In the place between places there are side shows and wild little dives that are worth the stop. Often nothing more than attractions to get your gas money and perhaps some candy money or tourism views these places can be awesome. In the Dakota’s it is Wal Drug. In Arizona it is “The Thing”. Stopping for gas and some more water was a good idea anyways. I was a little behind schedule and I wanted to pile on some miles. I had to stop more often than I was expecting and had come out of the Titan Missile Museum 4 hours behind schedule. That sounds like a lot but by the time I hit “The Thing” I was only 2 hours behind schedule. I was making up time by shortening stops, being way more efficient at fuel stops and I realized that my highway transit times were all around 55mph so at a posted 75 mph I was making up time fast. The OSX/Mac version of Basecamp doesn’t allow for easy changes to the travel speed. You can adjust across all activities by adding or subtracting but not by particular roads. The windows version allows for much finer grained controls. I would have to think about that in the future.
I’m still not sure what “The Thing” is, but I got a picture of a Surrey (I didn’t know what a Surrey was either). There were some other really cool cars but I was behind on time and needed to make tracks. The string tugging me towards the finish was starting to feel like a noose.
For less points than I would like the 1008 point Shady Dell bonus would have me riding through Tombstone and getting stopped by the Border Patrol to make sure I was alright and remind me to watch out where I was going. Since I was on an “off road” bike I think they were concerned I might wander accidentally across the border. To be sure, and to make this explicit, the interactions were positive, humorous, and seemed to be genuine concerns. I got none of the authoritarian dictator type interactions others have reported. Chasing this bonus location and then heading back to the main highway I had three different interactions at water stops, and gas stops that were generally very positive. At a pop-up border check station I was waived through with a, “Have a nice day.” Since two of my colleagues write extensively about cross border violence I was interested to see how the interactions would take place but like much of my ride there was no drama. As to time I felt the noose tightening. Invisible the hand of time is strong.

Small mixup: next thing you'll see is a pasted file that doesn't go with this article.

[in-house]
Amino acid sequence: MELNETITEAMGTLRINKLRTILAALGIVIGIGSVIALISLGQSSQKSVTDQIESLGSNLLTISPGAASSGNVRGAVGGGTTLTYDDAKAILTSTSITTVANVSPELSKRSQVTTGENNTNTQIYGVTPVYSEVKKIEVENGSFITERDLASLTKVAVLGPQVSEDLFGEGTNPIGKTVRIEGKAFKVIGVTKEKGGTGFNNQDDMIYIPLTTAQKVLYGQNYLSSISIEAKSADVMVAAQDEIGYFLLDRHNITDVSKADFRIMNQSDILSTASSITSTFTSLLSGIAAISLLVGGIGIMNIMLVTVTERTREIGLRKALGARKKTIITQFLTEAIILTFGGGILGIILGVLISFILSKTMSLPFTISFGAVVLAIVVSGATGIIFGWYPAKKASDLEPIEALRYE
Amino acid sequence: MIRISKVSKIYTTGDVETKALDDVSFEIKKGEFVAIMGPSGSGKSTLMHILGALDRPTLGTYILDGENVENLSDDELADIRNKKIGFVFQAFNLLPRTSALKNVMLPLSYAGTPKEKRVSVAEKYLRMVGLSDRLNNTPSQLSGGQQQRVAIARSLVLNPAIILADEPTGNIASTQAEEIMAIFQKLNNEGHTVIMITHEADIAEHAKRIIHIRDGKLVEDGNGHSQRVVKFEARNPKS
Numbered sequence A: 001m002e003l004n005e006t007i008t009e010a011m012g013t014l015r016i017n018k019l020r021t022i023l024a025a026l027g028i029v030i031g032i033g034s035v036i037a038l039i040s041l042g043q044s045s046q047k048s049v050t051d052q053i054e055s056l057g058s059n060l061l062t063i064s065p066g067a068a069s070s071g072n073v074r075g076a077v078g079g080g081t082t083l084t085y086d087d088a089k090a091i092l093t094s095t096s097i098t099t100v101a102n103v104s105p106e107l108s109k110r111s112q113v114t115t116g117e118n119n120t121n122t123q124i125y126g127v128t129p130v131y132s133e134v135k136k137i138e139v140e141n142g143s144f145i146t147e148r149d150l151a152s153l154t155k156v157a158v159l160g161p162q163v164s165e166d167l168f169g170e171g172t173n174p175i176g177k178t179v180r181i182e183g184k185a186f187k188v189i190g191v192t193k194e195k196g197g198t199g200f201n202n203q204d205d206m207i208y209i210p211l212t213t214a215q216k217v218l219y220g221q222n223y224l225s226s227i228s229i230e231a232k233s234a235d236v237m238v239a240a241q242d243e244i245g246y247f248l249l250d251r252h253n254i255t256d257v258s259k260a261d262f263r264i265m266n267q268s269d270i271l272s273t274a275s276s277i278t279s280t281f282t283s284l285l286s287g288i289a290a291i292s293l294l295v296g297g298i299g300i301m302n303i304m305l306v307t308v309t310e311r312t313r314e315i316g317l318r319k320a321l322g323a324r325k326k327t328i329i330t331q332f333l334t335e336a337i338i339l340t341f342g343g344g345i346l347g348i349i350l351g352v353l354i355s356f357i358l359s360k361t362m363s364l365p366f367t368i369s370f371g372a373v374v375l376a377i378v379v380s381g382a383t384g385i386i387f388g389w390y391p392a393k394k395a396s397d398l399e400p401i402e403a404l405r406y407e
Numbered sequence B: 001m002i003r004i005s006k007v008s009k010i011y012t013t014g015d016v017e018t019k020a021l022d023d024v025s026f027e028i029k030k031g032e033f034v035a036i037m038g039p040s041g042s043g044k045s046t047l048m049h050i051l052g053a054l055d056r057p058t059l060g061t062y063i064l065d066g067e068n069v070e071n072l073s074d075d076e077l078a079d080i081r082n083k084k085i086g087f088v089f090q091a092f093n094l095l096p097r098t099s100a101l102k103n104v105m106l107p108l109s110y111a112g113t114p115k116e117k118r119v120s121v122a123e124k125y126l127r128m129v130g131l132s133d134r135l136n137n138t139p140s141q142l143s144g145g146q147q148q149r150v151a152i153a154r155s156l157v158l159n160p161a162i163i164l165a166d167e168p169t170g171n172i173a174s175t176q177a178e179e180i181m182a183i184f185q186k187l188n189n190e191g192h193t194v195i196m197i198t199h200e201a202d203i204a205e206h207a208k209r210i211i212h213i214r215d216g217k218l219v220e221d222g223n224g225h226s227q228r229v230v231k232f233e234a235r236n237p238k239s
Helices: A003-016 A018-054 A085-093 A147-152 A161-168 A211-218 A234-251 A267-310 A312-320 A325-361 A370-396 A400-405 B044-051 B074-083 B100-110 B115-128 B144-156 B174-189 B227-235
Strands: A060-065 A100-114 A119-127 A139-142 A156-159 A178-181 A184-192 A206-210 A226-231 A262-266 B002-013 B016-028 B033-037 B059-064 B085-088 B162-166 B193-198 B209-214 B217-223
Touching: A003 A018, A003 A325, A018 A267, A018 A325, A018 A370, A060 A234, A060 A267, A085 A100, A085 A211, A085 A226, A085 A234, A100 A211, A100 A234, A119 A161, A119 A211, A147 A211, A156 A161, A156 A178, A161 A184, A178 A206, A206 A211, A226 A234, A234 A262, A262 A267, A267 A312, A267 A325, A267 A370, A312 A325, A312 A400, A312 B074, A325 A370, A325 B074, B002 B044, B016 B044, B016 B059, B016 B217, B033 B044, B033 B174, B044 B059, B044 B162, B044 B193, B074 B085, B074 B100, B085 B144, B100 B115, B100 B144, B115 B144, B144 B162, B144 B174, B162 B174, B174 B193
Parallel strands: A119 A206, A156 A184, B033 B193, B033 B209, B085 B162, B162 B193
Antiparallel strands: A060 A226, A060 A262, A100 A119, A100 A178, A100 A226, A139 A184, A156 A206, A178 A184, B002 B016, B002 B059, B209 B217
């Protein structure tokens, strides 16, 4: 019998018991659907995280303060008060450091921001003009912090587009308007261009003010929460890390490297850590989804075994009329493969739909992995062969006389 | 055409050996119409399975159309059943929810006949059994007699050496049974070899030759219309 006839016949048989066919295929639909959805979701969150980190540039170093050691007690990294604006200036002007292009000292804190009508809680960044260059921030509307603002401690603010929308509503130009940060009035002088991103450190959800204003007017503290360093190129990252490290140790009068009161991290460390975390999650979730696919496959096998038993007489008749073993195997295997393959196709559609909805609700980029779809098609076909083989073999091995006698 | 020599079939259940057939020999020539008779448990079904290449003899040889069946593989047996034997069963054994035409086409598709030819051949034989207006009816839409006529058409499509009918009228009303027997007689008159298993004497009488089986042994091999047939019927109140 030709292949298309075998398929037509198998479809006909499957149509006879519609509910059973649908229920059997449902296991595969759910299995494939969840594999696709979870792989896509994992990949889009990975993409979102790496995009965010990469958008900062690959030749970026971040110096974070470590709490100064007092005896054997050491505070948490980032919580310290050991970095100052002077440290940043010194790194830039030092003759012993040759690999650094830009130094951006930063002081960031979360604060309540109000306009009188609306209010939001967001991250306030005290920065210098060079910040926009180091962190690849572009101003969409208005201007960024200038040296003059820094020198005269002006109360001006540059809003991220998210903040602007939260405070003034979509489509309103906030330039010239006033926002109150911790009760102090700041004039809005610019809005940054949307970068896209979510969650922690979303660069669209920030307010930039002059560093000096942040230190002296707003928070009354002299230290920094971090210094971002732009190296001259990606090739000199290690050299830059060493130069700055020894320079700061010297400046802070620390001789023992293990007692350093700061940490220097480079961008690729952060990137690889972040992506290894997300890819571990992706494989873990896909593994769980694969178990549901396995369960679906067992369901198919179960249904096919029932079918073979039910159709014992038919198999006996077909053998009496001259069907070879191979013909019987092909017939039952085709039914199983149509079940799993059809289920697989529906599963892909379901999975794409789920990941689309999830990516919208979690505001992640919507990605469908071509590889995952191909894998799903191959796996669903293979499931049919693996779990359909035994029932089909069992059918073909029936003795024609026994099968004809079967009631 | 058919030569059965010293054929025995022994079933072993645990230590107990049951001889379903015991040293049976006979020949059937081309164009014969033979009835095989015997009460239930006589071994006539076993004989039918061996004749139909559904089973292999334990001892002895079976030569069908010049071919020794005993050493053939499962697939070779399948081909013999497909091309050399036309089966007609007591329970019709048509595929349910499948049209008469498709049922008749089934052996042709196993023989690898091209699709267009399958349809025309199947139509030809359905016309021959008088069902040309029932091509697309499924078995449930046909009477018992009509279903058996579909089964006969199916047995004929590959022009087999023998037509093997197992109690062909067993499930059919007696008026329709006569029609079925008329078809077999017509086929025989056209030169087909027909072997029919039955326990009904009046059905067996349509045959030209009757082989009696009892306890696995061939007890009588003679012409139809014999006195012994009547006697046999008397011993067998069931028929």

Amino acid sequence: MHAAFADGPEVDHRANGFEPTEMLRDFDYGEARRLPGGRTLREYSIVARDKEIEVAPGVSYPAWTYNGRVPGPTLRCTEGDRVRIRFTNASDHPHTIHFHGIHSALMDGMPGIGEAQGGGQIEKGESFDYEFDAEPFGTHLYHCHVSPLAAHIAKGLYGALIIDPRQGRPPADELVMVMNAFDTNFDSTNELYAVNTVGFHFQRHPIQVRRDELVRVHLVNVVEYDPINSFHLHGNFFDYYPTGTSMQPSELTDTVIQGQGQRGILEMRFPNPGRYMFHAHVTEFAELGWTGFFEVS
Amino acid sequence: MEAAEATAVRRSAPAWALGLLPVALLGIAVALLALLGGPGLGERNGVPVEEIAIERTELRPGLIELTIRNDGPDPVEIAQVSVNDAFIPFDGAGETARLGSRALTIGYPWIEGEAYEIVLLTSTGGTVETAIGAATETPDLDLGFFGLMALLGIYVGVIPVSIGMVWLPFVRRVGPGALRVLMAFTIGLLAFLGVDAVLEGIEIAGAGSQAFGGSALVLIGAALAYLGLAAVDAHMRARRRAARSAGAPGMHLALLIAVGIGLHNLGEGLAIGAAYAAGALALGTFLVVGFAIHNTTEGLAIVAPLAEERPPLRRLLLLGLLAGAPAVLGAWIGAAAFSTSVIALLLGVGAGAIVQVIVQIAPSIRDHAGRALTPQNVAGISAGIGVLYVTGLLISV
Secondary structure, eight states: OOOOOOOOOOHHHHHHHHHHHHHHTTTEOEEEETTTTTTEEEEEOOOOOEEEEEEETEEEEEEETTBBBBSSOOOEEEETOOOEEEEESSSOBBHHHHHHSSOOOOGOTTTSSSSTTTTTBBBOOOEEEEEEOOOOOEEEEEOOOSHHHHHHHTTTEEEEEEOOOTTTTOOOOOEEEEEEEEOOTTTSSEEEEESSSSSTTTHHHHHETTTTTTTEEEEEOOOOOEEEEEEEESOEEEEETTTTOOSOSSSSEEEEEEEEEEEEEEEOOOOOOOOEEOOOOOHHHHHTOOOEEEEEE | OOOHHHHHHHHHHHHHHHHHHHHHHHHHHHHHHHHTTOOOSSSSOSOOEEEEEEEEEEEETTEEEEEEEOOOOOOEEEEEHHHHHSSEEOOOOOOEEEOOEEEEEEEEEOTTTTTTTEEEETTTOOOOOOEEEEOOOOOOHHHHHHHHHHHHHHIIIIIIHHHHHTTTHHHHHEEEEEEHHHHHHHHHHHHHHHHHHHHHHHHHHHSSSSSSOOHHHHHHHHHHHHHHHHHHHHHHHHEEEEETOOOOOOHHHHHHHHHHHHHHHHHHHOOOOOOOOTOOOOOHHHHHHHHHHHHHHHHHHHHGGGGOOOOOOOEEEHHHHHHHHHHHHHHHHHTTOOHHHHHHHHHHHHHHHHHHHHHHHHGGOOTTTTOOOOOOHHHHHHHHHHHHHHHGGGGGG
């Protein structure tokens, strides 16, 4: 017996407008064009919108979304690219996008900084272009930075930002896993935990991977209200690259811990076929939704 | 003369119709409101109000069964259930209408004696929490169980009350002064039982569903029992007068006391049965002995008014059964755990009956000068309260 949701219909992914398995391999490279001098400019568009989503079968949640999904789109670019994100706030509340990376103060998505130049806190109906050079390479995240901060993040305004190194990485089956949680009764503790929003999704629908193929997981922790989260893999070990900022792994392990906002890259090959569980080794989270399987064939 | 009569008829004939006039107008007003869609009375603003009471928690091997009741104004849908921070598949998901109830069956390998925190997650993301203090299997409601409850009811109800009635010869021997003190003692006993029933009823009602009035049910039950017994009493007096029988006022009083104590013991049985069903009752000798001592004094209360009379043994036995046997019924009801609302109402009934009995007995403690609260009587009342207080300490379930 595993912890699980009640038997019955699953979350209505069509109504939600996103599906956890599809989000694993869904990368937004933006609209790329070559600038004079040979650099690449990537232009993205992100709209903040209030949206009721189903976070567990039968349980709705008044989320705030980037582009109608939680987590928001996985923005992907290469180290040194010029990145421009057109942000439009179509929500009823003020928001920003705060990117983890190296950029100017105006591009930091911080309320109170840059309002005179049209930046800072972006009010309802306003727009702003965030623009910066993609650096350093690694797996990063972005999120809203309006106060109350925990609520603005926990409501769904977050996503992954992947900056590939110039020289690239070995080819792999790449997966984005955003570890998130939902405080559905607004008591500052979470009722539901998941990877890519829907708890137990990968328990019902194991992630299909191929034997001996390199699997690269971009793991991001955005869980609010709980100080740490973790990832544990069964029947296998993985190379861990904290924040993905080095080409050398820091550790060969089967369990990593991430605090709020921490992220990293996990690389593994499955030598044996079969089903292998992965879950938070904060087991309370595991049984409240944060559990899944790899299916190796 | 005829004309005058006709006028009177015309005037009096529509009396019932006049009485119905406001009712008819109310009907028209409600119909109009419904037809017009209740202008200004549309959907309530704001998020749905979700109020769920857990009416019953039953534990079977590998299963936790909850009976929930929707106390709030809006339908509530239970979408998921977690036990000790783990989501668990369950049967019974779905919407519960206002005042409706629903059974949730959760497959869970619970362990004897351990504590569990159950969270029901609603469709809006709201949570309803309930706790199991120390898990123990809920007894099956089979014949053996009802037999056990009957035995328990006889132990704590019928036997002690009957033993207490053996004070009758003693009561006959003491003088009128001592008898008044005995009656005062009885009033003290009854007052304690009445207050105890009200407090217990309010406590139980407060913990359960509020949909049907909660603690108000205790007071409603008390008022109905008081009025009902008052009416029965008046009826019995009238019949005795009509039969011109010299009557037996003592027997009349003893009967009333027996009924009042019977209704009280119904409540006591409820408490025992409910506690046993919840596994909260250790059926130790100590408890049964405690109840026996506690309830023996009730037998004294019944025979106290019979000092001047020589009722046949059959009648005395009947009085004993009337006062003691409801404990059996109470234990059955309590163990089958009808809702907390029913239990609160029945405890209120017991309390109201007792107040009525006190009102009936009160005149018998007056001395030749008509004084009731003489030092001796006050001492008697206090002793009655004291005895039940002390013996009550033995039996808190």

Planning though is a process of refinement. Riding a motorcycle across the country a couple times in a couple of weeks and drilling holes in the air turning dinosaurs into fun is bluntly selfish. Pushing the limits of planning, time and distance calculations, and the machinery carrying you around the country is not dangerous just sensitive to mistakes. There are also false economies in planning and trade offs that can bite you on the ass like a great white shark. Riding like you have a giant predator chasing you makes sense for very few use cases and will generally get you into trouble. Once I got into Texas I was on 80 mile per hour roads. This surprisingly was my first time on a high speed highway since they changed Montana to posted speeds instead of “reasonable and prudent.”
I already had been pushing the fuel range of the big GS Adventure. It is not a slippery bike and with great big boxes, a bunch of lights, and not much more than a barn door for a windscreen, fuel economy above 60 miles per hour is marginal at best. Over the course of the rally I would see fuel economy as good as 47 miles per gallon, and as poor as 32 miles per gallon.